By contrast, the U14s from Year 9 enjoyed considerable success on the pitch and came second in their age group in the tournament after winning four of their matches and losing only one.

The final night, before the trip home on Easter Monday, saw the presentation of tour awards. Ubaidah Rahman was named player of the tour among the U14s, with Theo Moses taking the prize for the U15s.

The tour was a swansong for PE teacher Oliver O’Gorman, “a great member of the PE department since 2018”, Mr Clarke added. Mr O’Gorman has taken up a new post with international IT security company Fortinet.


Tourists’ triple triumphs in Dutch rugby festival

Year 9 boys enjoyed a successful trip to Amsterdam for one of Europe’s largest youth rugby tournaments, where they took on club sides from the UK and the Netherlands alike.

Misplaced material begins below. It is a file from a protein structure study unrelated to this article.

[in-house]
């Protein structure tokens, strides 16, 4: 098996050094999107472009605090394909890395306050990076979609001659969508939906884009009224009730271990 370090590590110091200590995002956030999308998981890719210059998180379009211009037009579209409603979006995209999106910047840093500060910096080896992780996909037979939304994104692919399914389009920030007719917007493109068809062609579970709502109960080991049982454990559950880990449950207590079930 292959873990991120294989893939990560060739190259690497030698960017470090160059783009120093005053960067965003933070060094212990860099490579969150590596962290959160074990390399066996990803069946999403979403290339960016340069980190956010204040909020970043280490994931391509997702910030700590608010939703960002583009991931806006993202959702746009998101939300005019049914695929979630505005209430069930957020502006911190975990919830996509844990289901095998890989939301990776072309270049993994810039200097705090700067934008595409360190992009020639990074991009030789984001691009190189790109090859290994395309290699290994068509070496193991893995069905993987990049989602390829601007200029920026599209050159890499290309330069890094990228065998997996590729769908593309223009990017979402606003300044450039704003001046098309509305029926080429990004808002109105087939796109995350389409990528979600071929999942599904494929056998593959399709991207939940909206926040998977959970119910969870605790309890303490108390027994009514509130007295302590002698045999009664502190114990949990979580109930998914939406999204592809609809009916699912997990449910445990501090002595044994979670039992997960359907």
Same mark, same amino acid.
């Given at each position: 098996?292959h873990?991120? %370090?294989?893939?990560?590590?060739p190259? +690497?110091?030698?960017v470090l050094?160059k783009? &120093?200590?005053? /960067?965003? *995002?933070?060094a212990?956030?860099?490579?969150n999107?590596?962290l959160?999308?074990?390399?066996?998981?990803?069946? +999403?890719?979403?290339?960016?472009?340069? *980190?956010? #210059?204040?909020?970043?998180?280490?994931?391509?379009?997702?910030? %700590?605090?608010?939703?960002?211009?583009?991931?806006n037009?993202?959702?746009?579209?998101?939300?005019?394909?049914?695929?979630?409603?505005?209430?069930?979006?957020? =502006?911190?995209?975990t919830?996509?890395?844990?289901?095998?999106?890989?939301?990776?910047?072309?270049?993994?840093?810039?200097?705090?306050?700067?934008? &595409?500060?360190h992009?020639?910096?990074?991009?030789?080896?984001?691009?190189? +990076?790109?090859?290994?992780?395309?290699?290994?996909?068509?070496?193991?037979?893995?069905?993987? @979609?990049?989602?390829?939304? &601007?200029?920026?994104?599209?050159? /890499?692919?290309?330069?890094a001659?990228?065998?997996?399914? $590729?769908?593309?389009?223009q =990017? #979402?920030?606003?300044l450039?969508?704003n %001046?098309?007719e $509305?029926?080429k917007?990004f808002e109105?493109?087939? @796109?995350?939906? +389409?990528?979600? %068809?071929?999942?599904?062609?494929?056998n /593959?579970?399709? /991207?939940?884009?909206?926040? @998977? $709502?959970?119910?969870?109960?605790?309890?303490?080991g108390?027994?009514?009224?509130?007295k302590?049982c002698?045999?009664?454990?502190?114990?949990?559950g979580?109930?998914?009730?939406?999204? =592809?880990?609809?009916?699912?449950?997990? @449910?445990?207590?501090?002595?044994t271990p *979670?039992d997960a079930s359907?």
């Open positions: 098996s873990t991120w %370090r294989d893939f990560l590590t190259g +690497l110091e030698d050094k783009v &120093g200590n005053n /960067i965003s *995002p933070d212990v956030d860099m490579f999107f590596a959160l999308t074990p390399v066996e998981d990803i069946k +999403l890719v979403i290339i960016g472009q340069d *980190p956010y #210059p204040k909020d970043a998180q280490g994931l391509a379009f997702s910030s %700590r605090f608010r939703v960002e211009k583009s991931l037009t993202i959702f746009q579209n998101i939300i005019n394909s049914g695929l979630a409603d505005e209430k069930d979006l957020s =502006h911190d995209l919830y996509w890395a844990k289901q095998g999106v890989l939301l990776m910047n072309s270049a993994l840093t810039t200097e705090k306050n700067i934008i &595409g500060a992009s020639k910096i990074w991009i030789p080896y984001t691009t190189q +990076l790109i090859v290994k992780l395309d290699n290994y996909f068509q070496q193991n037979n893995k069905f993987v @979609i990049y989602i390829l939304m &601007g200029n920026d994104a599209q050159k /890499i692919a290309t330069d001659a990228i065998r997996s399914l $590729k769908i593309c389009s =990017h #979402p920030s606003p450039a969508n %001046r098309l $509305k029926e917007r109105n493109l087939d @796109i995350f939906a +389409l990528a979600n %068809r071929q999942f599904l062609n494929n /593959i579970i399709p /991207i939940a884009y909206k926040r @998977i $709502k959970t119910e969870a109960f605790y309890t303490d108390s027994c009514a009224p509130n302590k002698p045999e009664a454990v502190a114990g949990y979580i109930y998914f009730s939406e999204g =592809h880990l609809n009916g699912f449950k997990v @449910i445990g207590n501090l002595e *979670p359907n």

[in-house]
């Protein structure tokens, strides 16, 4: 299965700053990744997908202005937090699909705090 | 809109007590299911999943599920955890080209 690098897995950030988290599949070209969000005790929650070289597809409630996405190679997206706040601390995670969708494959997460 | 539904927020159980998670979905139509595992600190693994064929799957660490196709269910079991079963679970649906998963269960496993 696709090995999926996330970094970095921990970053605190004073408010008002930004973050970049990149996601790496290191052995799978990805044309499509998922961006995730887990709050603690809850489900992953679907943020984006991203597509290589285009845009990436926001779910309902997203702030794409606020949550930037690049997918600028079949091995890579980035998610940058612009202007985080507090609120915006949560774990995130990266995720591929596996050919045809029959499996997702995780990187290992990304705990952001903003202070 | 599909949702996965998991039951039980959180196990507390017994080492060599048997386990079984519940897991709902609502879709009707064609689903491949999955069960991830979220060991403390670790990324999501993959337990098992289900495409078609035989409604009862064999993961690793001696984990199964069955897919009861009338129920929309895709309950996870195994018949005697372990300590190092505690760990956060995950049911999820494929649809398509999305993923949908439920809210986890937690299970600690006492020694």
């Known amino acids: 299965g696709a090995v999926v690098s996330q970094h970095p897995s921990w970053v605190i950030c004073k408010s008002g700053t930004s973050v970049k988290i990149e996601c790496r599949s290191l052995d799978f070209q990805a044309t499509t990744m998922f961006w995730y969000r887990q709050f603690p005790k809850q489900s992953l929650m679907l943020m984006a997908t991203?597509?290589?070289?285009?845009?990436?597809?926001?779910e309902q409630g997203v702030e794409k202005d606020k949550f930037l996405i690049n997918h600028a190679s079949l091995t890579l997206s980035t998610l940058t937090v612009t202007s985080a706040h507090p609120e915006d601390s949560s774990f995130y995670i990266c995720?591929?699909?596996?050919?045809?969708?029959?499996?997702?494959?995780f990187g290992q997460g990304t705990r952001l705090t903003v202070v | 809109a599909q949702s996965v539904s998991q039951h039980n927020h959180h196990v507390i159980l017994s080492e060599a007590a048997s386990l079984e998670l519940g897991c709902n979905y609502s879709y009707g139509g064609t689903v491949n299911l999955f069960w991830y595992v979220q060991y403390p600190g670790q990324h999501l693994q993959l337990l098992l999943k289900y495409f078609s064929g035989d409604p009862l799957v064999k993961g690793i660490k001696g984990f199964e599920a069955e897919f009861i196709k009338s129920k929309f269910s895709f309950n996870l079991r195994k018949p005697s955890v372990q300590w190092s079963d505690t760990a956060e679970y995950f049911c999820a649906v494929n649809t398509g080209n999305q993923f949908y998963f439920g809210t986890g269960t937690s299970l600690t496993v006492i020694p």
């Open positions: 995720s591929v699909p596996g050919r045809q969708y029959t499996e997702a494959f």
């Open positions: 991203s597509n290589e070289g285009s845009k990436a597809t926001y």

The 24-strong QE squad won three of their four matches in the U14 category of the 20th annual Hilversum International Youth Rugby Festival.

QE’s Director of Sport Jonathan Hart said: “It is great to support this ever-growing tournament; the boys played extremely well and should be proud of what they achieved in Amsterdam.”

Some 85 teams, with players aged from 7 to 18, played approximately 175 matches during the festival. Hosted by RC Hilversum, it attracts entries from England, South Africa, Wales, Scotland, Northern Ireland and Belgium, as well as the Netherlands. Ten teams competed in the U14 competition in which the QE boys were involved.

The QE contingent’s annual tour began this year with a warm-up game against Amstelveense RC, a club from the town of Amstelveen, near Amsterdam, which they won by one try.